‘Socially conscious’ WNBA players recognized with Leadership Award

Photo courtesy of NBA Cares via Twitter WNBA Commissioner Cathy Engelbert, WNBA legend Dawn Staley, Washington guard Natasha Cloud

Washington’s Natasha Cloud is this season’s Dawn Staley Community Leadership Award recipient, the WNBA recently announced. The Mystics guard was also recently featured in the MSR.

The award is named in honor of WNBA legend and Hall of Famer Dawn Staley, the South Carolina women’s basketball coach and U.S. Olympic women’s coach. 

Cloud’s primary focus is working with children. She is actively involved with youth clinics and education programming on such topics as the importance of fitness.

Last July, during a “Christmas in July” event in Washington, D.C., Cloud and Monumental Sports and Entertainment (MSE), who owns the Mystics, assisted with shopping for school supplies, school uniforms and toys for underprivileged families who could not afford them at a local store.  Later in November, she helped build a new playground in Southeast D.C.’s Ward 8, where the Mystics’ new arena is located.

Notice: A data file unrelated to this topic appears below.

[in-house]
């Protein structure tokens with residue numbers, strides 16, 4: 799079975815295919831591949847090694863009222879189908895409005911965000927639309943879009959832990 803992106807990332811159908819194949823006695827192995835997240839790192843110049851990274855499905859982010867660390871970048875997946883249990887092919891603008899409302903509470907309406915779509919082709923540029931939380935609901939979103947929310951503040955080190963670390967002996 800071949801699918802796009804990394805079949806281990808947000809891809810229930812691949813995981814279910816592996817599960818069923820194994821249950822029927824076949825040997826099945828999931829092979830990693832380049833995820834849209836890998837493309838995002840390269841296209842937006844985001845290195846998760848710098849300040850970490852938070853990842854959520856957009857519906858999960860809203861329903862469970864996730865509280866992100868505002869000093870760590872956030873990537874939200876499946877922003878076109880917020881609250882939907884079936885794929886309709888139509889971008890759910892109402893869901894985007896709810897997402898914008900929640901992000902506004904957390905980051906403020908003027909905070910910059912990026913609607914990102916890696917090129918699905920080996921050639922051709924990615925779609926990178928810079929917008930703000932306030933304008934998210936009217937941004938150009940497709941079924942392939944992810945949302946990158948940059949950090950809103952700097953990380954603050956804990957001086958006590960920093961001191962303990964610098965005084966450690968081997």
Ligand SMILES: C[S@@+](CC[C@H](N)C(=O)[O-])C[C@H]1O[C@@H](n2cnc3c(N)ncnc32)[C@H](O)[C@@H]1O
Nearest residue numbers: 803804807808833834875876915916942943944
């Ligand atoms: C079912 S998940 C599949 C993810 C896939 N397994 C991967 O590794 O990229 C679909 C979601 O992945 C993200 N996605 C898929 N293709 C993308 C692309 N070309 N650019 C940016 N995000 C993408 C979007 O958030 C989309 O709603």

During the month of December last year, Cloud participated in various holiday events. These included a Dream for Kids celebration, meeting with families of children who had disabilities, and helping children decorate cupcakes. Along with other athletes and front-office employees, she delivered Christmas presents to underprivileged families in the D.C. area.

“Her selfless attitude and dedication to delivering Christmas to underserved families in D.C. is the epitome of what this award represents,” Staley said of Cloud. The WNBA will make a $10,000 donation to the Monumental Sports & Entertainment Foundation on Cloud’s behalf.

“Natasha’s commitment to volunteering is exemplary of how socially conscious WNBA players are and how they continue to excel as role models for the next generation,” WNBA Commissioner Cathy Engelbert said.

Cloud pointed out, “We let the community know we are here. For me, it was really important to get out to Congress Heights, a predominantly minority community. It’s important for me as a strong Black female athlete to show my face and give young females an aspiration and gateway to something bigger.”